The Defense Ministry on Sunday said it had recently delivered the first series of a new and advanced armored personnel carrier (APC) to the Israel Defense Forces’ Nahal infantry brigade.
The “Eitan” is an eight-wheeled lightweight vehicle that combines technologies from the Merkava tank and the Namer APC.
It was built partially in response to lessons learned from the 2014 Gaza war, and will begin replacing the IDF’s current M113 fully tracked APCs, which it first received in the 1970s.
The Eitan is intended to give troops greater speed and mobility — it can reach 90 kilometers per hour (56 mph) — as well as better security.
The first serially produced Eitan APCs recently drove off the production line at the military’s Tel Hashomer base, and were handed over to the Nahal Brigade at the School for Infantry Corps Professions and Squad Commanders in southern Israel. From there, the APCs were taken to northern Israel for a recent drill.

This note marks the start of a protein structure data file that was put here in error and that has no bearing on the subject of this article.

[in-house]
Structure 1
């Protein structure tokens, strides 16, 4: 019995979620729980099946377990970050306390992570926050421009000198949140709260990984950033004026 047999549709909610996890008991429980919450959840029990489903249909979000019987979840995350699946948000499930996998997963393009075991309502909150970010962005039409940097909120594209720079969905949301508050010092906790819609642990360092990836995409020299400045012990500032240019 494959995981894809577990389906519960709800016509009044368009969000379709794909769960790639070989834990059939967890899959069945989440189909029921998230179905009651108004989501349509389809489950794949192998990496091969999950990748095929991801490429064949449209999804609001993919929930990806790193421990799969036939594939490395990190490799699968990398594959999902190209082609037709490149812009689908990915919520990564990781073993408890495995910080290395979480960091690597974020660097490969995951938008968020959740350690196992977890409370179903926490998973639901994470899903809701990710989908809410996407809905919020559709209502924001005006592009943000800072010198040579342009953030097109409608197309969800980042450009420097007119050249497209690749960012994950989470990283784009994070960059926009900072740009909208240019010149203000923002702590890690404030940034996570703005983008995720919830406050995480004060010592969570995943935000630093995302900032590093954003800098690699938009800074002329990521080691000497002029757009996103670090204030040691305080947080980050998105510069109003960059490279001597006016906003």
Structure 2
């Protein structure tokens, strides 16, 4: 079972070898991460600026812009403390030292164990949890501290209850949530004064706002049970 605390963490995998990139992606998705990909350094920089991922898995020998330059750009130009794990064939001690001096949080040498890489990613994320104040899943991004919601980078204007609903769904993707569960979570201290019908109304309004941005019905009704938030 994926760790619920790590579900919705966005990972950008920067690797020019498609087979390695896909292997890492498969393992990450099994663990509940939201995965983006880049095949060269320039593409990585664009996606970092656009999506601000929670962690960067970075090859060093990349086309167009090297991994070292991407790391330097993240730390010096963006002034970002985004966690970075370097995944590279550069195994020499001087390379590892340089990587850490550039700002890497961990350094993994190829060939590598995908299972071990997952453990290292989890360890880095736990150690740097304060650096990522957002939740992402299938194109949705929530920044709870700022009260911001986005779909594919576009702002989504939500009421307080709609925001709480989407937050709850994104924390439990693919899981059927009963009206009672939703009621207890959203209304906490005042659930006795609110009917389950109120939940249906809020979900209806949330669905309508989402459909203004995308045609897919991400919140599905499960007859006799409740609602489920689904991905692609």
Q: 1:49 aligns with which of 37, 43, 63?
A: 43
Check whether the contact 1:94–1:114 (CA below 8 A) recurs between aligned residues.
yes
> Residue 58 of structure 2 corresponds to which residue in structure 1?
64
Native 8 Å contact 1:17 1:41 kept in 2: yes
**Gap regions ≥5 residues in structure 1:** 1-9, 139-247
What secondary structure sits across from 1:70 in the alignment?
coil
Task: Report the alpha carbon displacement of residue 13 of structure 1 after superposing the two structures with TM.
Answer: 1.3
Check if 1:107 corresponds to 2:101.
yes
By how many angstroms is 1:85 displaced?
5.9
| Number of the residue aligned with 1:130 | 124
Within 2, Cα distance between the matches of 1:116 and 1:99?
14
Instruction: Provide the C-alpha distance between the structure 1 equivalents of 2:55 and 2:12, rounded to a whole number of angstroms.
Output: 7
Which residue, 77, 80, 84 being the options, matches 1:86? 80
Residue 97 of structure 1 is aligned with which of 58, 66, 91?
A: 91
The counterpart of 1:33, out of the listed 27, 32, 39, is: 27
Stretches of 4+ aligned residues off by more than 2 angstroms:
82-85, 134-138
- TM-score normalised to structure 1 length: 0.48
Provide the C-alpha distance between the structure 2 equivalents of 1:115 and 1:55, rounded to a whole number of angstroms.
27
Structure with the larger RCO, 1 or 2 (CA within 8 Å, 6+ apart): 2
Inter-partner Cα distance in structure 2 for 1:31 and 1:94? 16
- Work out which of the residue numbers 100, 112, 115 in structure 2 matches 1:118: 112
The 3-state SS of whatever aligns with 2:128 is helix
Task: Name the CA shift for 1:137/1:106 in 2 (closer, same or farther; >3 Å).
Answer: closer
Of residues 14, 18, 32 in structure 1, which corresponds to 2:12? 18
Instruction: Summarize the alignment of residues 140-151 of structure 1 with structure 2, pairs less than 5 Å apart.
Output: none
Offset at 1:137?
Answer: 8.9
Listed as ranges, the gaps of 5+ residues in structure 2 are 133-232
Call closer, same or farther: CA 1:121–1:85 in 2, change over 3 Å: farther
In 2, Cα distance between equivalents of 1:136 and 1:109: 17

The drill included a company of Nahal troops practicing various scenarios along with driving on the new Eitan APCs, the ministry said.
Each APC requires the production of approximately one million parts, including over 20 tons of steel, 30 kilometers of welding wire, six kilometers of power and communication cable, and about 70 liters of paint.
Brig. Gen. Oren Giber, head of the Defense Ministry’s Armored Vehicles Directorate, said the Eitan will gradually be integrated into the IDF’s various combat units.
“We are humbled and immensely proud to operationalize the first Eitan company in the Nahal infantry brigade. We recognize that each Eitan delivered to the IDF will replace older M113 vehicles, ensuring that our combat soldiers are equipped with state-of-the-art, highly protected and capable weapon systems, assisting them in securing victory on the battlefield and ensuring their safe return home,” he said.
Col. Oren Simcha, the commanding officer of the Nahal Brigade, said his unit was proud to be the first to receive the Eitan.
“[It is] a tool that will transform the brigade and allow us to become more operational, independent and protected,” he said.